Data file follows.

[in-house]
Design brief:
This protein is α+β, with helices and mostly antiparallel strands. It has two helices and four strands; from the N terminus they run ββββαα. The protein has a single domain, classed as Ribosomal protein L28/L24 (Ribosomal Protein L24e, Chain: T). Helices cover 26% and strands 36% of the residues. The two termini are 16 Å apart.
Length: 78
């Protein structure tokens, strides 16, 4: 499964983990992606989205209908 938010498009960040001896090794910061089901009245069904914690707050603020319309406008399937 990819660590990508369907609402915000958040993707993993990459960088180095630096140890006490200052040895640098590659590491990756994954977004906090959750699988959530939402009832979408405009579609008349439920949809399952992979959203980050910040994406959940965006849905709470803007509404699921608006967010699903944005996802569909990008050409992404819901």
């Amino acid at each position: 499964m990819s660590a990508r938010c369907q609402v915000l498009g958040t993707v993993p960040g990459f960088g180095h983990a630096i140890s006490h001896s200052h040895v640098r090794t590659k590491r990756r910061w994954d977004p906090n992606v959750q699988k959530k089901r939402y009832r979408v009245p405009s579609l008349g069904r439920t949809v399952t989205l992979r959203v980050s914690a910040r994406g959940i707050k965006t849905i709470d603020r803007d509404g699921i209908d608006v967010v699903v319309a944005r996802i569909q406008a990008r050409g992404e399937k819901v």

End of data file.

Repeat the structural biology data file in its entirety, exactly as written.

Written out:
[in-house]
Design brief:
This protein is α+β, with helices and mostly antiparallel strands. It has two helices and four strands; from the N terminus they run ββββαα. The protein has a single domain, classed as Ribosomal protein L28/L24 (Ribosomal Protein L24e, Chain: T). Helices cover 26% and strands 36% of the residues. The two termini are 16 Å apart.
Length: 78
């Protein structure tokens, strides 16, 4: 499964983990992606989205209908 938010498009960040001896090794910061089901009245069904914690707050603020319309406008399937 990819660590990508369907609402915000958040993707993993990459960088180095630096140890006490200052040895640098590659590491990756994954977004906090959750699988959530939402009832979408405009579609008349439920949809399952992979959203980050910040994406959940965006849905709470803007509404699921608006967010699903944005996802569909990008050409992404819901």
């Amino acid at each position: 499964m990819s660590a990508r938010c369907q609402v915000l498009g958040t993707v993993p960040g990459f960088g180095h983990a630096i140890s006490h001896s200052h040895v640098r090794t590659k590491r990756r910061w994954d977004p906090n992606v959750q699988k959530k089901r939402y009832r979408v009245p405009s579609l008349g069904r439920t949809v399952t989205l992979r959203v980050s914690a910040r994406g959940i707050k965006t849905i709470d603020r803007d509404g699921i209908d608006v967010v699903v319309a944005r996802i569909q406008a990008r050409g992404e399937k819901v």